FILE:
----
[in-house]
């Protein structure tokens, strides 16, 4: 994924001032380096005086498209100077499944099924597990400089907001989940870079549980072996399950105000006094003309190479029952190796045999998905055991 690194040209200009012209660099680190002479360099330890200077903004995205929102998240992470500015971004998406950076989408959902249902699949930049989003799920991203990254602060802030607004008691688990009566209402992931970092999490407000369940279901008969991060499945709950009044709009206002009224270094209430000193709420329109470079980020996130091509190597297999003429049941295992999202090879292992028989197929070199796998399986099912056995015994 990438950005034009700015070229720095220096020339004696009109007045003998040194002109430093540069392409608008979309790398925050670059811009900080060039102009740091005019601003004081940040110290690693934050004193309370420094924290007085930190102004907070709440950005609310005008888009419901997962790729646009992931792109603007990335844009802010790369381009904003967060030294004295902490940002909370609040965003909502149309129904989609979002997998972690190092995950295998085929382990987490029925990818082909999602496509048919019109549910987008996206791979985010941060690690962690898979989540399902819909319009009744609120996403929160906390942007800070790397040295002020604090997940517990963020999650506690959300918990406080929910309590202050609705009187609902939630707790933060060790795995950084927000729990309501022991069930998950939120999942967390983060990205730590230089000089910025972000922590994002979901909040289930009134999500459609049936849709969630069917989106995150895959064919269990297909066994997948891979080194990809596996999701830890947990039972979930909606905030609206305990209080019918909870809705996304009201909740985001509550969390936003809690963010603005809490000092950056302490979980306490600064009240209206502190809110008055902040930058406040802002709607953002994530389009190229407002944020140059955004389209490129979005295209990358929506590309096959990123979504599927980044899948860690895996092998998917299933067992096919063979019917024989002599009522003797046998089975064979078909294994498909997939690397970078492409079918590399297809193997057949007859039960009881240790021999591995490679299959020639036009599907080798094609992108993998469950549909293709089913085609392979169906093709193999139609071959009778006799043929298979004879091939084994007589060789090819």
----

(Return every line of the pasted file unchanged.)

[in-house]
């Protein structure tokens, strides 16, 4: 994924001032380096005086498209100077499944099924597990400089907001989940870079549980072996399950105000006094003309190479029952190796045999998905055991 690194040209200009012209660099680190002479360099330890200077903004995205929102998240992470500015971004998406950076989408959902249902699949930049989003799920991203990254602060802030607004008691688990009566209402992931970092999490407000369940279901008969991060499945709950009044709009206002009224270094209430000193709420329109470079980020996130091509190597297999003429049941295992999202090879292992028989197929070199796998399986099912056995015994 990438950005034009700015070229720095220096020339004696009109007045003998040194002109430093540069392409608008979309790398925050670059811009900080060039102009740091005019601003004081940040110290690693934050004193309370420094924290007085930190102004907070709440950005609310005008888009419901997962790729646009992931792109603007990335844009802010790369381009904003967060030294004295902490940002909370609040965003909502149309129904989609979002997998972690190092995950295998085929382990987490029925990818082909999602496509048919019109549910987008996206791979985010941060690690962690898979989540399902819909319009009744609120996403929160906390942007800070790397040295002020604090997940517990963020999650506690959300918990406080929910309590202050609705009187609902939630707790933060060790795995950084927000729990309501022991069930998950939120999942967390983060990205730590230089000089910025972000922590994002979901909040289930009134999500459609049936849709969630069917989106995150895959064919269990297909066994997948891979080194990809596996999701830890947990039972979930909606905030609206305990209080019918909870809705996304009201909740985001509550969390936003809690963010603005809490000092950056302490979980306490600064009240209206502190809110008055902040930058406040802002709607953002994530389009190229407002944020140059955004389209490129979005295209990358929506590309096959990123979504599927980044899948860690895996092998998917299933067992096919063979019917024989002599009522003797046998089975064979078909294994498909997939690397970078492409079918590399297809193997057949007859039960009881240790021999591995490679299959020639036009599907080798094609992108993998469950549909293709089913085609392979169906093709193999139609071959009778006799043929298979004879091939084994007589060789090819």